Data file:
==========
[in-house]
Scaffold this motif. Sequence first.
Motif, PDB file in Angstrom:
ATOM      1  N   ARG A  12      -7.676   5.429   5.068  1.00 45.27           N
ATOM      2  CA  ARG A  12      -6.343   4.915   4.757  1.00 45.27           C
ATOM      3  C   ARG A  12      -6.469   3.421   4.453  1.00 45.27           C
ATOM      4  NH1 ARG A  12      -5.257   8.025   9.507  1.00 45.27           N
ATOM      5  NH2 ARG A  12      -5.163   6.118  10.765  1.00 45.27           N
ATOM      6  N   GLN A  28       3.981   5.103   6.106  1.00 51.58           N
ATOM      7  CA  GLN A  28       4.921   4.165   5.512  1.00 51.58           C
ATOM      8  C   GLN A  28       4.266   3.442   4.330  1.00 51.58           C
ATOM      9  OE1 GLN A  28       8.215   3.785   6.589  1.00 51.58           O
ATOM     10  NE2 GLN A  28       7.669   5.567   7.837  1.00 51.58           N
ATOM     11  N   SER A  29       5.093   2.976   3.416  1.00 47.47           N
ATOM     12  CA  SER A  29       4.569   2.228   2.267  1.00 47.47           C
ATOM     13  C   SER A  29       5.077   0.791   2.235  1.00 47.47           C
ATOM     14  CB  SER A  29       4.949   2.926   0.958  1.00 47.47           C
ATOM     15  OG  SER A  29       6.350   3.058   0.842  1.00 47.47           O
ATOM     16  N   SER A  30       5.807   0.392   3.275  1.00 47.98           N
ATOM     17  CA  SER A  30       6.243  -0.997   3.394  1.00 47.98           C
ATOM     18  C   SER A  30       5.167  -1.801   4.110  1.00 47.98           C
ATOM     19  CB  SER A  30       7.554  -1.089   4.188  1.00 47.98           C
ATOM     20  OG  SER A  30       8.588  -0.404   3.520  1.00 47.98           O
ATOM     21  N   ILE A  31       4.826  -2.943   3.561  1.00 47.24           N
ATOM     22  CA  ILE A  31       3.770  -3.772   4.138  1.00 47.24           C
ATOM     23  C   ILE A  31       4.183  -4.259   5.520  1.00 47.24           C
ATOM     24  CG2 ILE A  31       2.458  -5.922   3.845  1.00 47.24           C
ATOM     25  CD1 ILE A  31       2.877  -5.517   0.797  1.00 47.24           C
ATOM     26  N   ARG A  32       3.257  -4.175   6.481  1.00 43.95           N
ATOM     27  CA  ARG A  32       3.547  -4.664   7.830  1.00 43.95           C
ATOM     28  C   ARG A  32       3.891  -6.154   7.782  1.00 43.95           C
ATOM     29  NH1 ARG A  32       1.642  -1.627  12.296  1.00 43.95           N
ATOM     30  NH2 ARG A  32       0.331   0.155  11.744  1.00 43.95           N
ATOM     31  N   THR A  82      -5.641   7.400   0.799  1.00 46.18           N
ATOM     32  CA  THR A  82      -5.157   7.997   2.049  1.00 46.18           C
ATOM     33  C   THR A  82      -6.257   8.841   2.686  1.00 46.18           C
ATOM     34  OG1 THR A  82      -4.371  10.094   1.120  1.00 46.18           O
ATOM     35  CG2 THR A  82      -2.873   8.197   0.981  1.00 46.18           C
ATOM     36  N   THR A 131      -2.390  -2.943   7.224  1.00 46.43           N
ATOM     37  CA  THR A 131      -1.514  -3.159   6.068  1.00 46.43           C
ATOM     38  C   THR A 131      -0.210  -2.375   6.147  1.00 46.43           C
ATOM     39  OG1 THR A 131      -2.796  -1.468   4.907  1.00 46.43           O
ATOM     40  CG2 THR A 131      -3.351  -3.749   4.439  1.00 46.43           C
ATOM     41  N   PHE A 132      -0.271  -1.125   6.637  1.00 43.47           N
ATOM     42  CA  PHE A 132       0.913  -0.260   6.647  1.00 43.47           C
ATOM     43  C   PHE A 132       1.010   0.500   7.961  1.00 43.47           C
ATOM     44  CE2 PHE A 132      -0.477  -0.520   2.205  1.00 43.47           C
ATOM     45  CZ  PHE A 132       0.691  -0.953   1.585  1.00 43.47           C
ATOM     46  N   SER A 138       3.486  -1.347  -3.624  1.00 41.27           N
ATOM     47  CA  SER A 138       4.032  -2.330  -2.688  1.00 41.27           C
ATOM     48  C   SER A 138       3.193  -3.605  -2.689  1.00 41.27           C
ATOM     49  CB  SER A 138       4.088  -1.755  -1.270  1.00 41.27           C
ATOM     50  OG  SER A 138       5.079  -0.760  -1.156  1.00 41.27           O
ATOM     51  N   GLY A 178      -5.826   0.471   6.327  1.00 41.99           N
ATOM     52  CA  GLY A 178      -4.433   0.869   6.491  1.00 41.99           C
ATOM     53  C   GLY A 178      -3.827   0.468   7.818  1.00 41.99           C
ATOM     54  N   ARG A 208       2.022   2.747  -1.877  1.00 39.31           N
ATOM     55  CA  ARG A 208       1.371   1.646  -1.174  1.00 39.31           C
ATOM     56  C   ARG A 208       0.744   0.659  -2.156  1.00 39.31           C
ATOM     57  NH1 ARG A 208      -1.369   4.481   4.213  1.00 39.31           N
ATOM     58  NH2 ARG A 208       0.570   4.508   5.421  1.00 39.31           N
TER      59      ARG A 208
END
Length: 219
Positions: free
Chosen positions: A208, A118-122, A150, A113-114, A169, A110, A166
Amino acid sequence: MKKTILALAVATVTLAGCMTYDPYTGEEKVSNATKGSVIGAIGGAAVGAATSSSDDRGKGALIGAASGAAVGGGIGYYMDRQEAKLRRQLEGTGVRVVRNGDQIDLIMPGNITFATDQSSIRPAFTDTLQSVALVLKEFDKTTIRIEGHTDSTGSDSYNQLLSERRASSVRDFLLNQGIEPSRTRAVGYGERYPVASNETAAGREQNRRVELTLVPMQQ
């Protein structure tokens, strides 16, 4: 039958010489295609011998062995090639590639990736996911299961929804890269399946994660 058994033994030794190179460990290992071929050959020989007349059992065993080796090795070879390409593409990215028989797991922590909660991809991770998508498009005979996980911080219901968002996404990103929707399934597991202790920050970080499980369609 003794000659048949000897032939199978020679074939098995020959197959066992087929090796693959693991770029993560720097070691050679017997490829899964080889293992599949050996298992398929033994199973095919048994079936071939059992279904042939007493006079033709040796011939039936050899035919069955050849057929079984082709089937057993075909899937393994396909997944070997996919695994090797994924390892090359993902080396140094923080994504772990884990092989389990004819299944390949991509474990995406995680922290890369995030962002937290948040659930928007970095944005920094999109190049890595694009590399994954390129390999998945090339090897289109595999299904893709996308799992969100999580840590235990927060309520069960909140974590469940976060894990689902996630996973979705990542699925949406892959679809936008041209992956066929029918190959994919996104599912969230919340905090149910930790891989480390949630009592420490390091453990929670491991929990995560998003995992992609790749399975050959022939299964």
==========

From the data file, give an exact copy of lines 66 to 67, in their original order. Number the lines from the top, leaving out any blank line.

Chosen positions: A208, A118-122, A150, A113-114, A169, A110, A166
Amino acid sequence: MKKTILALAVATVTLAGCMTYDPYTGEEKVSNATKGSVIGAIGGAAVGAATSSSDDRGKGALIGAASGAAVGGGIGYYMDRQEAKLRRQLEGTGVRVVRNGDQIDLIMPGNITFATDQSSIRPAFTDTLQSVALVLKEFDKTTIRIEGHTDSTGSDSYNQLLSERRASSVRDFLLNQGIEPSRTRAVGYGERYPVASNETAAGREQNRRVELTLVPMQQ